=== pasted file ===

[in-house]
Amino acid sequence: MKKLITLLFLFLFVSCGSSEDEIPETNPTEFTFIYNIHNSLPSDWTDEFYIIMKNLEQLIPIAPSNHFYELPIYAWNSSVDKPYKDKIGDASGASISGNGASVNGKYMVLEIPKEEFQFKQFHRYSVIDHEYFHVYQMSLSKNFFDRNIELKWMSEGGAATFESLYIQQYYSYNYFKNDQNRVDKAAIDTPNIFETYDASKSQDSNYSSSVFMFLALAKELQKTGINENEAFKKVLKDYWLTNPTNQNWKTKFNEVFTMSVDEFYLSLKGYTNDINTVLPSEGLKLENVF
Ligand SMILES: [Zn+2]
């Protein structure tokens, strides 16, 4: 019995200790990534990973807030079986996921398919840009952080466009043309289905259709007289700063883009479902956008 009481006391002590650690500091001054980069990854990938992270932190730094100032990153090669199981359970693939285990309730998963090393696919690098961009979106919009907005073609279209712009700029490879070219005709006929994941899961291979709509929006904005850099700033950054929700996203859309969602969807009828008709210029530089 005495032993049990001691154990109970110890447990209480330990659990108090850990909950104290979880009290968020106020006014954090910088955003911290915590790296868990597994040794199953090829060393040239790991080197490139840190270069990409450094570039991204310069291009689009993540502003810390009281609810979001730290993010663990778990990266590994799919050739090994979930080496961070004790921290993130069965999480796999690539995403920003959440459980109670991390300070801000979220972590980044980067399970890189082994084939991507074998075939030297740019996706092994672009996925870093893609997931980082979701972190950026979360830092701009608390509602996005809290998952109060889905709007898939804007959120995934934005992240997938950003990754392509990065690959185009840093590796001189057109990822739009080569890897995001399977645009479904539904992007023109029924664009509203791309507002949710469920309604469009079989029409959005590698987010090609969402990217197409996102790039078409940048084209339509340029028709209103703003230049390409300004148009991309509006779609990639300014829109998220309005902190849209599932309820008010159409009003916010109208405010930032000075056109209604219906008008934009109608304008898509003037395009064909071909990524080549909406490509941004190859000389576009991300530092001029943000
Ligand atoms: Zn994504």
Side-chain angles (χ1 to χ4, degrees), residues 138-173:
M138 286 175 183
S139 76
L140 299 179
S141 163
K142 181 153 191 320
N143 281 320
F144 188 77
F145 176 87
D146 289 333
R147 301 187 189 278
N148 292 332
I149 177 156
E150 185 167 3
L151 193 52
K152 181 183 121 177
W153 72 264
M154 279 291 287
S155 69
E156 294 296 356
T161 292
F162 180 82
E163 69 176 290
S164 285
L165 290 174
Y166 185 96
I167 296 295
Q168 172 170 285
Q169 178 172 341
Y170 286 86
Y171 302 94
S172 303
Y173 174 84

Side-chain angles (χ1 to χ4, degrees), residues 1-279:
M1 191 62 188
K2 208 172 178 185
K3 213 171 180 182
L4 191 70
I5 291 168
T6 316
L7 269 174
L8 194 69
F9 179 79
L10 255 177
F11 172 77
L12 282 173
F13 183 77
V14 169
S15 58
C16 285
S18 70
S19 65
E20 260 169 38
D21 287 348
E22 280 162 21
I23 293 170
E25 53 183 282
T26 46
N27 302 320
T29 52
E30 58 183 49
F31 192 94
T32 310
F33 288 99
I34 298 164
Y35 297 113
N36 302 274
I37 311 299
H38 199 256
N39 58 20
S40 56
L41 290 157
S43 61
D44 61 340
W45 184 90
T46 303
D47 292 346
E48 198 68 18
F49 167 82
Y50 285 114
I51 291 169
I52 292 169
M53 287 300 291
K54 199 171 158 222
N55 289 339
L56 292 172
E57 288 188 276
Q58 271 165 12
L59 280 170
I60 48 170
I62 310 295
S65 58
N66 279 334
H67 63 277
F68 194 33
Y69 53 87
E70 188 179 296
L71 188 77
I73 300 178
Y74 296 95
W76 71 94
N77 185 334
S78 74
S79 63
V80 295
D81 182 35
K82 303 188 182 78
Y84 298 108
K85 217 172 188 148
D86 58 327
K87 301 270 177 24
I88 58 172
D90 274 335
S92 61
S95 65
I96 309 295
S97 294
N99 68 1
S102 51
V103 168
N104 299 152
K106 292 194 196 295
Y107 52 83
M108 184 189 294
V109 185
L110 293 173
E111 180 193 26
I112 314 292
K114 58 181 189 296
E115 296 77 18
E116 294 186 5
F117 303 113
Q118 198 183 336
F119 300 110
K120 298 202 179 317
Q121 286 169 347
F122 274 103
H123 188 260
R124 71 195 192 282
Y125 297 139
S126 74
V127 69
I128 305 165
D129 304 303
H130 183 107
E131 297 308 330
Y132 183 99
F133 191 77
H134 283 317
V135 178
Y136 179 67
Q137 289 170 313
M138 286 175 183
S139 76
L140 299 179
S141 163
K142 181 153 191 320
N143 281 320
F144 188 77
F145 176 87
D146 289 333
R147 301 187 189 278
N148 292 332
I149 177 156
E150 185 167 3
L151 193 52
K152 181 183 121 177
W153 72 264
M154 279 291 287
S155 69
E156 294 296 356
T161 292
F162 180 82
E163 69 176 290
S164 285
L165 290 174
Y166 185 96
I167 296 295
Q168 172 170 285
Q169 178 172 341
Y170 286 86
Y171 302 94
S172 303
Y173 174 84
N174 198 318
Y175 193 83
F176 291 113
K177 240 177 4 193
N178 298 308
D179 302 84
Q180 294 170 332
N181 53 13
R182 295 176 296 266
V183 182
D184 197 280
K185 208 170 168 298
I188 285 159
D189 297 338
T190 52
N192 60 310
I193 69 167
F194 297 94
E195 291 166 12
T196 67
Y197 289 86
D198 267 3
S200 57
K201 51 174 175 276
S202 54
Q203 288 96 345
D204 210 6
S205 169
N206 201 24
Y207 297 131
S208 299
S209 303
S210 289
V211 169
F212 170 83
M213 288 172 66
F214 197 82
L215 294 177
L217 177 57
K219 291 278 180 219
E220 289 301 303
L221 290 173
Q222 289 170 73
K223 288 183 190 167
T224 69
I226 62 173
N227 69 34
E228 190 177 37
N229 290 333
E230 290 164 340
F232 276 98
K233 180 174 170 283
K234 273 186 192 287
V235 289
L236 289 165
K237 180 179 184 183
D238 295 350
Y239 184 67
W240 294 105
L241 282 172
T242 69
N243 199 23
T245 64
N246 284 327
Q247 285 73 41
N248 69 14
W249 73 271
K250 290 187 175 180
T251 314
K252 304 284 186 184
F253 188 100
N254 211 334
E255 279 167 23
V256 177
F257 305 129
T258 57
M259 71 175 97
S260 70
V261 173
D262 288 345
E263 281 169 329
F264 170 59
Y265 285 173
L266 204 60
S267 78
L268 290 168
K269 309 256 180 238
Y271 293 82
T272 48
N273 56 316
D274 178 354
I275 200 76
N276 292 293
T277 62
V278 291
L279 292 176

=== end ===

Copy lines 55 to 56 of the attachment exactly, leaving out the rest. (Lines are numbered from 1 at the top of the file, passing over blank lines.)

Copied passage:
C16 285
S18 70